If your home is destroyed in a disaster, you also won’t get compensation for all of your possessions that you lose, because HO-1 policies do not include personal property coverage. Depending on what you own and keep in your home, this could set you back substantially.

HO-1 policies also do not include additional living expenses coverage, which is designed to pay for expenses if you are displaced from your home following a covered loss. Commonly covered expenses include hotel or rental fees, pet boarding and restaurant bills. Most other homeowners insurance policy forms include coverage for additional living expenses.

Lastly, an HO-1 policy doesn’t protect you from some fairly common perils. These include damage caused by:

  • Falling objects
  • Weight of snow, ice or sleet
  • Water overflow from plumbing, HVAC, indoor sprinklers or appliance
  • Sudden and accidental tearing apart, burning, cracking or bulging of a steam or hot water system, AC unit or fire-protection system
  • Frozen plumbing, HVAC, sprinkler system or appliances
  • Artificially generated electrical currents

There are additional perils you won’t find in most homeowners insurance policies, including HO-1 policy forms. Coverage for damage from disasters such as floods and earthquakes, maintenance damage and sewer backup require additional insurance.

Who needs HO-1 coverage?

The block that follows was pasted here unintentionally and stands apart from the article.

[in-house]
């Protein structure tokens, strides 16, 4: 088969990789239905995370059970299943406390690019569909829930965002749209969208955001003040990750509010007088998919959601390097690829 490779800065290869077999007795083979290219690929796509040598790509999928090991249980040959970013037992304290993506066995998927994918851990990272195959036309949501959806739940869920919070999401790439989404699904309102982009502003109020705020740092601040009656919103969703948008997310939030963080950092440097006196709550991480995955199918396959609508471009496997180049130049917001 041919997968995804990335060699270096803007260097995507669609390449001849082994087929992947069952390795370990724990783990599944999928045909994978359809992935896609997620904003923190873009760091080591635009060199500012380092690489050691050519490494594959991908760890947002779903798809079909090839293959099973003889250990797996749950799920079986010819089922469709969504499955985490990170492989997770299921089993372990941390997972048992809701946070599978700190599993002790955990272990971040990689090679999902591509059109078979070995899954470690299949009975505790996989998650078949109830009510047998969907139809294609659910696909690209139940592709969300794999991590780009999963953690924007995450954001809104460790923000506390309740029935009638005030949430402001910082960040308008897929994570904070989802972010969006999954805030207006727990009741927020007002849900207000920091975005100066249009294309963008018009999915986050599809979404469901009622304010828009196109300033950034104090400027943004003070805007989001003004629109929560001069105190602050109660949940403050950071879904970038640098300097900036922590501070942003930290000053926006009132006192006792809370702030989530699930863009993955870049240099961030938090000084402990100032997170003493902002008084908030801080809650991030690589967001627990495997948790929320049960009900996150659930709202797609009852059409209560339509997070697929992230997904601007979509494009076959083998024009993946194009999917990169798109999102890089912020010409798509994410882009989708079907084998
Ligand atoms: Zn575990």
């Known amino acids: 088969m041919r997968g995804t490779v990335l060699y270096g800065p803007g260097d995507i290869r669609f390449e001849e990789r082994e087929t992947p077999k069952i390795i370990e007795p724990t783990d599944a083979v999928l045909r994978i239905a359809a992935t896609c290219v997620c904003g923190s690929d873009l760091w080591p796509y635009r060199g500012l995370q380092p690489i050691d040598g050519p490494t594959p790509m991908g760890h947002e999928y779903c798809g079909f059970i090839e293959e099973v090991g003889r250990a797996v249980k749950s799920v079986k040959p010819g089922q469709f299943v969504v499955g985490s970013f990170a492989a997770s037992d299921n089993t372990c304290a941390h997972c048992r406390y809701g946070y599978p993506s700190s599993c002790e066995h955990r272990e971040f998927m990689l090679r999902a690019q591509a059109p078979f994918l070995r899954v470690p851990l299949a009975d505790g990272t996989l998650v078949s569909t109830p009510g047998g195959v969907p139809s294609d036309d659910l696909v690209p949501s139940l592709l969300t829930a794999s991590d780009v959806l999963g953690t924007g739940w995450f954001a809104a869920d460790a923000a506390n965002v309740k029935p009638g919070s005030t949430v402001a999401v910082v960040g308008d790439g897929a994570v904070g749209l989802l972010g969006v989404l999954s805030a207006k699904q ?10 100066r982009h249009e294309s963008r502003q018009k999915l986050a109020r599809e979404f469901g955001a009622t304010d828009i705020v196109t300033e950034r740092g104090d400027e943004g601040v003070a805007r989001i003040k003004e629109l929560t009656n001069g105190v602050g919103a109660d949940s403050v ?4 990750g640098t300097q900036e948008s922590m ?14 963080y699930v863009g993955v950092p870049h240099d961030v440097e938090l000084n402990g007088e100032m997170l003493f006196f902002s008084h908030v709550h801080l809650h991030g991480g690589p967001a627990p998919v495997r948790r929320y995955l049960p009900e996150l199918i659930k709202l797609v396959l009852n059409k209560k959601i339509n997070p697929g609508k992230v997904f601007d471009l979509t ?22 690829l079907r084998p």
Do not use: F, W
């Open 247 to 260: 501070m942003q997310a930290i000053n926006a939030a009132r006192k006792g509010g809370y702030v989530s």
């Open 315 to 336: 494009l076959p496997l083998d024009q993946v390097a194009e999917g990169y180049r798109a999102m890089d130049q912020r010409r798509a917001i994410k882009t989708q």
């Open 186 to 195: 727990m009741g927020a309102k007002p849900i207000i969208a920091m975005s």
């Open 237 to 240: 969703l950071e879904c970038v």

HO-1 insurance misses the mark on a lot of disasters that can cause costly damages to your home, not to mention that it lacks liability and personal possession coverage. Because it is so basic, many states don’t allow insurance carriers to offer HO-1 coverage.

In states where HO-1 policies are available, they don’t typically meet the coverage standards mortgage lenders require for homeowners insurance. In other words, if you have a mortgage on your home, you’ll probably need a more comprehensive policy than HO-1 insurance. HO-3 policies are the most common type of homeowners insurance, and HO-5 policies offer the most robust coverage.

However, an HO-1 policy may be an option for an older structure that is considered high-risk for an insurance loss. If you own a building that houses limited belongings and is not a primary residence, an HO-1 policy may be an option if you are looking to insure the structure.

Where can I get HO-1 insurance?

Most insurance carriers no longer offer HO-1 insurance. Instead, you’re more likely to find an HO-3 policy, which includes coverage for 16 perils rather than just 10. Those additional perils include things like falling objects and the weight of ice, snow or sleet.

If you are looking for HO-1 coverage, you may need to do some research to find a home insurance company that offers it, which may not be available in your state. If you can purchase an HO-1 policy, remember to check with your lender to make sure your policy meets the minimum requirements. HO-1 policies may not satisfy a mortgage company’s insurance requirements.